The Standard 250 only applies to listed companies. As an accountant you can then think and act very limited, but you can also use your free (and sensible) mind to use the essence of this Standard for other activities. Because SMEs also have to comply with laws and regulations and also run financial risks in the event of non-compliance that can threaten their continuity.
But also, for example, consider the composition assignment. You are an accountant without a head if you do not determine that the company complies with the GDPR.
An objective impediment exists if insufficient and appropriate audit evidence is available to the auditor. According to the audit guidelines (COS 710:7), an objective impediment can lead to a qualified auditor’s report.
If a company does not or insufficiently know which personal data it processes and where this data is, then in my opinion it cannot be said with a dry eye that the personal data is adequately protected as required by the GDPR.
This should also mean for the accountant that he/she has to make sure that the company complies with the GDPR. In my opinion, a company that has no AO/IC and no compliance set up for the protection of personal data cannot receive an unqualified statement.
Data Protection Officer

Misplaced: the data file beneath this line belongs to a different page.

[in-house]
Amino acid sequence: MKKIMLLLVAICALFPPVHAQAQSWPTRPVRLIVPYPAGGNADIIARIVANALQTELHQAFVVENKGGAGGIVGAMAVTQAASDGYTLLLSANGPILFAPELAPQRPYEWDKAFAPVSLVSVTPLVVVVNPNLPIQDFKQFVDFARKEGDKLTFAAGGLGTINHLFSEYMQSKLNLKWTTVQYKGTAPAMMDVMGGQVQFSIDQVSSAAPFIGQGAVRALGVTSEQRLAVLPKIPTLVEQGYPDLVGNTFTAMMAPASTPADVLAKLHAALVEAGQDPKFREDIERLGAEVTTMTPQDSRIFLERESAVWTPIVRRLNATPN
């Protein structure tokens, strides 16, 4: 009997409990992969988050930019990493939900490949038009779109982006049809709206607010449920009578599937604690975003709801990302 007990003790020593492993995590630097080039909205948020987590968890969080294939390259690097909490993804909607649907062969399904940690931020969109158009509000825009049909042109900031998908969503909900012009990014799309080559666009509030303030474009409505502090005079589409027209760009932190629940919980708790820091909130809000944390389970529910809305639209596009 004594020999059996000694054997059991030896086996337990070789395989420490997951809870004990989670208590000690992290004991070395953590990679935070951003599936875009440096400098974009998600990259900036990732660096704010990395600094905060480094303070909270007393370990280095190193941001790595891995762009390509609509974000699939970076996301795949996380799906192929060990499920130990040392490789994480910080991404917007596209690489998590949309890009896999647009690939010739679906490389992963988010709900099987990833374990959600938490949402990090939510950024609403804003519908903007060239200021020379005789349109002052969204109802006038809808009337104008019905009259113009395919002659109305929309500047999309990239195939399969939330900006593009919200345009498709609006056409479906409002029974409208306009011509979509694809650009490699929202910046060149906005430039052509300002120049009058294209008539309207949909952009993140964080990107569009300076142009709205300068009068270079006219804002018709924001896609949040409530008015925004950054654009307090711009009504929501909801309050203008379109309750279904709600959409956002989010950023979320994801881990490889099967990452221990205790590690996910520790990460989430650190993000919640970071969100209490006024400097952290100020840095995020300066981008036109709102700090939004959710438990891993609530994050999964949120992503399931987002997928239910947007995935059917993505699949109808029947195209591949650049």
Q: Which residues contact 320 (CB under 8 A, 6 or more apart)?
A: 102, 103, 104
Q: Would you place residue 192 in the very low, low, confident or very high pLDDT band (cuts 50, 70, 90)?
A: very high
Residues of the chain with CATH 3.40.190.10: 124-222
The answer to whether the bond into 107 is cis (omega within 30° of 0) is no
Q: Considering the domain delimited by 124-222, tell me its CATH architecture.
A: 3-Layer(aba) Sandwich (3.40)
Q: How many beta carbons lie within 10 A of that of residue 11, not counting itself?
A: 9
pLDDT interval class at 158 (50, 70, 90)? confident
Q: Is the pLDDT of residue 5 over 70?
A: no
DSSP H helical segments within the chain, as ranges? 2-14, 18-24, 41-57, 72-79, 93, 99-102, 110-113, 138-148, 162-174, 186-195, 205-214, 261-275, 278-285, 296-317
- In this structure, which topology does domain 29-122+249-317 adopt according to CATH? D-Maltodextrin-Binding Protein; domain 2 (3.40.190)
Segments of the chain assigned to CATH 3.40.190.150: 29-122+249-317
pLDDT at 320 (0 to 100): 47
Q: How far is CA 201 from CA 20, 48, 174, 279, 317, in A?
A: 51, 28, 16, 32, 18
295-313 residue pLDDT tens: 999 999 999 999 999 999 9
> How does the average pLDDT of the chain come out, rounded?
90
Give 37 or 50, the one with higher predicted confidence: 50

The Data Protection Officer (DPO) has a statutory duty (GDPR Article 39) to monitor compliance with the GDPR and the company’s policy for protecting personal data. The DPO reports the state of affairs (at least annually) to the management and has a file to substantiate the opinion.
In practice, however, it strikes me that the accountant often does not contact the DPO, while the accountant can prevent many of the accountant’s own activities by relying (after testing) on the work of the DPO. As a result, the accountant may indicate in the management letter that the company complies with the GDPR, while the DPO (demonstrably) arrives at a completely different opinion.
It is therefore no less than smart for the accountant to contact the DPO and inquire about the results of his supervisory duties. The accountant also helps the DPO by including it in the management letter – if necessary – if too little is done with the DPO’s findings.
And last but not least
Compliance with the GDPR is the sole responsibility of the company’s management. Even if the supervisor is not behind you with a stick. A company should feel an intrinsic responsibility to protect personal data.
The auditor and the DPO are both appointed to serve the community. The DPO directly to serve the interests of the data subjects and the accountant to test the financial result of the company, including against the legislation for the protection of personal data.
If the company has not properly organized the protection of personal data, the DPO and the accountant must point this out. For the auditor, the objective impediment or risk of a fine or a claim may be a material reason to refuse the compilation engagement or not to issue an unqualified opinion.
MYOBI offers a trust network to which companies and individuals can join who do find it important to appropriately protect personal data and to be accountable for this, internally and to the partners in the network. MYOBI supports companies with a code of conduct, accountability methodology and tools. The DPO of the company will play an important role in this.